Summary: Christmas tradition needs to be questioned and the truth of Christ affirmed.

Verse: Luke 2: 1-20

Topic: Christmas

Probing Question: What is the reason for Christmas?

Key Word: reasons

Subject: Reasons for Christmas

Aim: To inspire the congregation to experience a renewed sense of what Christmas is all about.

Title: Christ Over Tradition


Christmas with your Family:

Family Traditions are a part of every Christmas celebration. Each of us has grown up with traditions that are unique to our own families. We get the Christmas lights on the house, the tree up and decorated, we all have our favourite Christmas show (The Christmas Carol, It’s A Wonderful Life, Rudolph or Frosty the Snowman), some open presents Christmas eve while others wait until Christmas morning. In our family we have Christmas breakfast after we have opened our gifts. We participate in a traditional Christmas eve service. These traditions are all a part of our family heritage.

Do we question our traditions?

The story has often been shared about the husband who asked his wife why she cuts the ends off the Sunday roast before she puts it into the roasting pan. She says to her husband, "my mother always did it that way and that was the way I was shown". The husband’s curiosity requires him to ask his mother-in-law. So next family gathering he goes to his mother-in-law and asks her why she always cuts off the ends of the roast before putting it into the roasting pan. She looks at him and says, "my mother always did it that way, so I learned from my mother and then I taught my daughter to do it the same way. But I don’t know why my mother did it that way. It’s just part of our tradition." Now the husband’s need to know becomes overwhelming so he goes to his wife’s grandmother and asks her why she cuts the ends off the roast before putting it in the roasting pan. She says to him "I had to cut off the ends to make it fit into my very small roasting pan." A tradition can start from a real need and continue through generations even though it has become irrelevant. This story confirms the need to know where our traditions have originated, why we still practice them and if they are still relevant.

In the Christian Magazine "Home Life" there was an article titled "Who Wants to be a Christmas Millionare?" taken from the popular TV show "Who Wants to be a Millionare". The article clearly showed the discrepancy between the truth of Christmas and the traditions of Christmas. We need to question traditions such as:

1. Yule logs

2. Mistletoes

3. Christmas trees

Transition: Many of the traditions we take for granted have little connection with our Christian faith. It is interesting that many of us just accept them without question. Today lets take a look at three of our traditions and how they relate to Christmas and to our Christian faith.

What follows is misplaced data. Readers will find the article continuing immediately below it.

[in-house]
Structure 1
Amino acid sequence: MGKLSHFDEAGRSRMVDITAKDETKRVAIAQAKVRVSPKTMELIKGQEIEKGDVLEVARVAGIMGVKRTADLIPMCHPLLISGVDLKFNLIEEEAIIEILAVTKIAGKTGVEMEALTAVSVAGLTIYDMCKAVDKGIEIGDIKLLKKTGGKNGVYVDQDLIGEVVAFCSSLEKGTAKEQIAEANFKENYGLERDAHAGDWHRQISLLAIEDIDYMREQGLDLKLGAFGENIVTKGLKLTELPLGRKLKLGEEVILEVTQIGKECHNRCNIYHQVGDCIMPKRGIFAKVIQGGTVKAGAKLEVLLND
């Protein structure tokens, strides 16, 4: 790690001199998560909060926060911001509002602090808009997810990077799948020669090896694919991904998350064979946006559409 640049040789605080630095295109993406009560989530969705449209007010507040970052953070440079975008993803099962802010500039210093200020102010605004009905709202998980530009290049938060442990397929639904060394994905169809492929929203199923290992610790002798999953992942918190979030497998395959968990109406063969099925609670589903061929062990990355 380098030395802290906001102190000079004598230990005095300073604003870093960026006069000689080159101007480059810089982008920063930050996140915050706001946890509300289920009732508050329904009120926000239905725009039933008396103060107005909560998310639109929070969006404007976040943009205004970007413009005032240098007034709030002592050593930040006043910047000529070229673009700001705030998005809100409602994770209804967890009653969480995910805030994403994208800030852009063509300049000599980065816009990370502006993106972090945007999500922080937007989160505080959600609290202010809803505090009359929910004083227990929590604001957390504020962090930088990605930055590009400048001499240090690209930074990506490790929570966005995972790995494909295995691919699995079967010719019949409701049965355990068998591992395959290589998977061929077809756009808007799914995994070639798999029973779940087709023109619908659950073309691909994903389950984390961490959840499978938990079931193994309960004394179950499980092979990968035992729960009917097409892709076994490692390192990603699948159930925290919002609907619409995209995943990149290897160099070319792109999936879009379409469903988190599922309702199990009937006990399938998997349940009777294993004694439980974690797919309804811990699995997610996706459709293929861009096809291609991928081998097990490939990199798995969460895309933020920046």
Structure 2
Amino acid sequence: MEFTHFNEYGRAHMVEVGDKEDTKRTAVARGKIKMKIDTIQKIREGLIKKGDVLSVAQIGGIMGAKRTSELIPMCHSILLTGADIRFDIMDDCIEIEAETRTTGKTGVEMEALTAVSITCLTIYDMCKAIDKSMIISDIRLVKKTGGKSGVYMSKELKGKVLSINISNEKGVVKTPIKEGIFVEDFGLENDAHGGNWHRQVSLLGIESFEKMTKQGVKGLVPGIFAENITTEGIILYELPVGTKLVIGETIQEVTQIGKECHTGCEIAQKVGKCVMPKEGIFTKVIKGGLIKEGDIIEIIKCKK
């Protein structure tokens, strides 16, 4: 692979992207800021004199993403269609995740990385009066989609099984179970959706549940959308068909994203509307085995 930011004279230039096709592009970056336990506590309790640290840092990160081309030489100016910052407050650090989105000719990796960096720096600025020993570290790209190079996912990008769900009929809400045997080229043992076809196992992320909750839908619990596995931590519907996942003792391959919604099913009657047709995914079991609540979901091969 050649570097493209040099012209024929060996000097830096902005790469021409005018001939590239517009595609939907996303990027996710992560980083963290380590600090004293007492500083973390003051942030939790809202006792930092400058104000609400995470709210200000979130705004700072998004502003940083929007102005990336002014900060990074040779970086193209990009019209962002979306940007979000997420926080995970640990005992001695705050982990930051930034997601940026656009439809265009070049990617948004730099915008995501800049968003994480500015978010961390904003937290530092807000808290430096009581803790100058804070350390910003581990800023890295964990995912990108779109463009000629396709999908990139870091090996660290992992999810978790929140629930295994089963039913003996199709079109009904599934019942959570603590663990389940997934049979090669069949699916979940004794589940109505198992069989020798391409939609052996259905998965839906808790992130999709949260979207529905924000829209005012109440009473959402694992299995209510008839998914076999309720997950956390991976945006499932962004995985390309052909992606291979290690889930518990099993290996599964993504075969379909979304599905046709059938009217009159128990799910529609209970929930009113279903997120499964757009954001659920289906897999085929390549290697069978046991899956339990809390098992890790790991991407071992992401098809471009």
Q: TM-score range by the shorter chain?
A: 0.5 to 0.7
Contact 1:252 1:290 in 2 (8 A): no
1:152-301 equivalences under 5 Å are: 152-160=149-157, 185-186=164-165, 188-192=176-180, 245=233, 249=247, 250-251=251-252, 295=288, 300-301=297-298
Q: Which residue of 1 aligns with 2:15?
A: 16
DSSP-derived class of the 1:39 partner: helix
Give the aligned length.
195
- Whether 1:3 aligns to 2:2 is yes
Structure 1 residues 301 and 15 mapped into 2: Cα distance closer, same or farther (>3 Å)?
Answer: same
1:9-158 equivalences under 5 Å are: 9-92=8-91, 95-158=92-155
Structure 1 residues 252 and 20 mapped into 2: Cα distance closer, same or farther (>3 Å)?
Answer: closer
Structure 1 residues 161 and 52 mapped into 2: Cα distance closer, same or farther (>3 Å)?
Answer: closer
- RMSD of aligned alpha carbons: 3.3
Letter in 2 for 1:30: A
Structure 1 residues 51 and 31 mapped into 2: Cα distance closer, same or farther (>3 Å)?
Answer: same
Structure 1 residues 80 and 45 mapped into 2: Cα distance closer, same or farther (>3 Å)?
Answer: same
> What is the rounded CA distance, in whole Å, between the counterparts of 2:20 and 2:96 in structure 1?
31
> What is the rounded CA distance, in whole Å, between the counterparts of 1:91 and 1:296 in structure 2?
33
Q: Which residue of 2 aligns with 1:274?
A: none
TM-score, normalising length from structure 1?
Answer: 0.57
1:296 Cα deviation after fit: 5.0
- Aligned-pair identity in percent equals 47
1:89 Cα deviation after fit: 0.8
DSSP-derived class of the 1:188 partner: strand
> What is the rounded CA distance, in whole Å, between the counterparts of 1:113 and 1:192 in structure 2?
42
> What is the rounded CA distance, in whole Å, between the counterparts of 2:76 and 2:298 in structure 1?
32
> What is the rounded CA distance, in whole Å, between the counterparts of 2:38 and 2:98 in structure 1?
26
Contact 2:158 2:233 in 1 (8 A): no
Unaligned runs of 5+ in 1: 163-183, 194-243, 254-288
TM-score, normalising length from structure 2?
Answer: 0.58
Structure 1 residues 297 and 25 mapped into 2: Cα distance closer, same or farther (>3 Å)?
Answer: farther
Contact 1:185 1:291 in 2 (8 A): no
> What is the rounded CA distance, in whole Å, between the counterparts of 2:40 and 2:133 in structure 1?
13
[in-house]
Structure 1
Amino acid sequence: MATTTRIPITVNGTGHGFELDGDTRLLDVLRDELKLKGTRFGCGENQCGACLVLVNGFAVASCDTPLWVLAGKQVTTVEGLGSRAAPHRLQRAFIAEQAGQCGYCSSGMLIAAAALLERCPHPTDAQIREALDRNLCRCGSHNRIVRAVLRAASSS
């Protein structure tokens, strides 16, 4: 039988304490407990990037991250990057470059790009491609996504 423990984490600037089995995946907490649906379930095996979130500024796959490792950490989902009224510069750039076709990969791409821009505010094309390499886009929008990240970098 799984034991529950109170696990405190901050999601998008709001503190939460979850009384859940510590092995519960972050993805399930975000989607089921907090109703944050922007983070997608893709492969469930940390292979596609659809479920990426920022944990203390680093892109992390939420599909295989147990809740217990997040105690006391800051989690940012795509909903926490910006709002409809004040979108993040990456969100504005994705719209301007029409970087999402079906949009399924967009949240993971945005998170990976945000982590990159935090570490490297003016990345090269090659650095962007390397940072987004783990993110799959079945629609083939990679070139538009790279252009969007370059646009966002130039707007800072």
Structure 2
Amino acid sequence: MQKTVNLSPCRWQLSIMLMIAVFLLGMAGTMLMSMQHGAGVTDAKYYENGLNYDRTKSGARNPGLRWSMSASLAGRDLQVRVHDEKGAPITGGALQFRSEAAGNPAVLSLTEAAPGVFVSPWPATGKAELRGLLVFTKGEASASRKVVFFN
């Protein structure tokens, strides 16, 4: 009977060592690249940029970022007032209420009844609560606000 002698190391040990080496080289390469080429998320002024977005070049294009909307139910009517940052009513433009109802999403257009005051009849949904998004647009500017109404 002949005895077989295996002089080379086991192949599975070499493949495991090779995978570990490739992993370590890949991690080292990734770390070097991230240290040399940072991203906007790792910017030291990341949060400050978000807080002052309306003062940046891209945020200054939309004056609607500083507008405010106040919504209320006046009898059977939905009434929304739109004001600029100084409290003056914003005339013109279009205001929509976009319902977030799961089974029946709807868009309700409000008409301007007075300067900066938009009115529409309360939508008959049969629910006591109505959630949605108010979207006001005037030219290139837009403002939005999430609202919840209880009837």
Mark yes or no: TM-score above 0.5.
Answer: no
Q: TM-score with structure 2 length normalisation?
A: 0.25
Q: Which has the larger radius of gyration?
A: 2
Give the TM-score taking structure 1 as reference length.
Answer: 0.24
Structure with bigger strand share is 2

Spirit of Giving (Saint Nicholas)

Luke 2: 1-7

2:1 Now in those days a decree went out from Caesar Augustus, that a census be taken of all the inhabited earth.

2:2 This was the first census taken while Quirinius was governor of Syria.

2:3 And everyone was on his way to register for the census, each to his own city.

2:4 Joseph also went up from Galilee, from the city of Nazareth, to Judea, to the city of David which is called Bethlehem, because he was of the house and family of David,

2:5 in order to register along with Mary, who was engaged to him, and was with child.

2:6 While they were there, the days were completed for her to give birth.

2:7 And she gave birth to her firstborn son; and she wrapped Him in cloths, and laid Him in a manger, because there was no room for them in the inn.


Santa Claus

Father Christmas (Santa Claus) is based on Saint Nicholas, who is said to have become the Bishop of Myra at age thirty. Tradition indicates that he came from a rich home and became well known for supporting the needy. He came to be worshiped and prayed to as the saint of merchants, the poor, children and just about everything else.

During the Protestant Reformation of the 16th century, Martin Luther tried to stop the worship of saints. However, the gift giver took on many other names: in Germany, he became Der Weinachtsmann ("Christmas Man") and Kris Kringle, in France he became Père Noël, he became Father Christmas in Britain and the colonies.

The Dutch, under Peter Stuyvesant, founded New Amsterdam (New York) and brought with them the celebrations of Sinterklaas, the Dutch name for Saint Nicholas. Santa Claus is the American pronunciation of Sinter Klaas.

In 1809, Washington Irving (the author of "Tales from Sleepy Hollow") wrote about Sinterklaas in his "A History of New York." Irving described Sinterklaas as a rotund little man in a typical Dutch costume, with knee breeches and a broad-brimmed hat, who travelled on horseback on the Eve of Saint Nicholas. In 1822, Clement Clark Moore, a poet and professor of theology, published the poem "A Visit From St. Nicholas" (also known as "The Night Before Christmas"). Moore’s Santa is a jolly old elf who flies around in a miniature sleigh with eight tiny reindeer. Moore even named the reindeer by the names we know them today, and the method by which Santa returns up the chimney.

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